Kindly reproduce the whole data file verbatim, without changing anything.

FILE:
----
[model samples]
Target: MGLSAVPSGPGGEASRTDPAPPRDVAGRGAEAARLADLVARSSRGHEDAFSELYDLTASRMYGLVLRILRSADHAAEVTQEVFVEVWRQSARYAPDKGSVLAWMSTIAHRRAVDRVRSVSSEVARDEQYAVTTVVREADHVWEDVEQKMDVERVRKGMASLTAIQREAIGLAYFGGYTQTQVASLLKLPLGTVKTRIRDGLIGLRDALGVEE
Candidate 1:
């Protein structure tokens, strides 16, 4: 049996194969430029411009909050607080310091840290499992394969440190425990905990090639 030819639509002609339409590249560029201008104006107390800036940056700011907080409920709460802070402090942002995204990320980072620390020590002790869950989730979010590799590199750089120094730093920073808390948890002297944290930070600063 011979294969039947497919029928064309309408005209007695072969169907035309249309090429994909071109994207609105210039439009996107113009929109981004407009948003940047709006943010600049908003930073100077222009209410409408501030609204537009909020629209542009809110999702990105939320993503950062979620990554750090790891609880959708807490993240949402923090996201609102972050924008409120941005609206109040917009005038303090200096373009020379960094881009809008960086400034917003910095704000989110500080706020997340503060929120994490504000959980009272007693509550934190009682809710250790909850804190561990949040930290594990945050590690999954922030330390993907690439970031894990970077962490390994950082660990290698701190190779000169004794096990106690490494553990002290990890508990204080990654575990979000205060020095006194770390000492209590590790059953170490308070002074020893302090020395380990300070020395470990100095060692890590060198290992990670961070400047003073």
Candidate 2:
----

[model samples]
Target: MGLSAVPSGPGGEASRTDPAPPRDVAGRGAEAARLADLVARSSRGHEDAFSELYDLTASRMYGLVLRILRSADHAAEVTQEVFVEVWRQSARYAPDKGSVLAWMSTIAHRRAVDRVRSVSSEVARDEQYAVTTVVREADHVWEDVEQKMDVERVRKGMASLTAIQREAIGLAYFGGYTQTQVASLLKLPLGTVKTRIRDGLIGLRDALGVEE
Candidate 1:
């Protein structure tokens, strides 16, 4: 049996194969430029411009909050607080310091840290499992394969440190425990905990090639 030819639509002609339409590249560029201008104006107390800036940056700011907080409920709460802070402090942002995204990320980072620390020590002790869950989730979010590799590199750089120094730093920073808390948890002297944290930070600063 011979294969039947497919029928064309309408005209007695072969169907035309249309090429994909071109994207609105210039439009996107113009929109981004407009948003940047709006943010600049908003930073100077222009209410409408501030609204537009909020629209542009809110999702990105939320993503950062979620990554750090790891609880959708807490993240949402923090996201609102972050924008409120941005609206109040917009005038303090200096373009020379960094881009809008960086400034917003910095704000989110500080706020997340503060929120994490504000959980009272007693509550934190009682809710250790909850804190561990949040930290594990945050590690999954922030330390993907690439970031894990970077962490390994950082660990290698701190190779000169004794096990106690490494553990002290990890508990204080990654575990979000205060020095006194770390000492209590590790059953170490308070002074020893302090020395380990300070020395470990100095060692890590060198290992990670961070400047003073």
Candidate 2: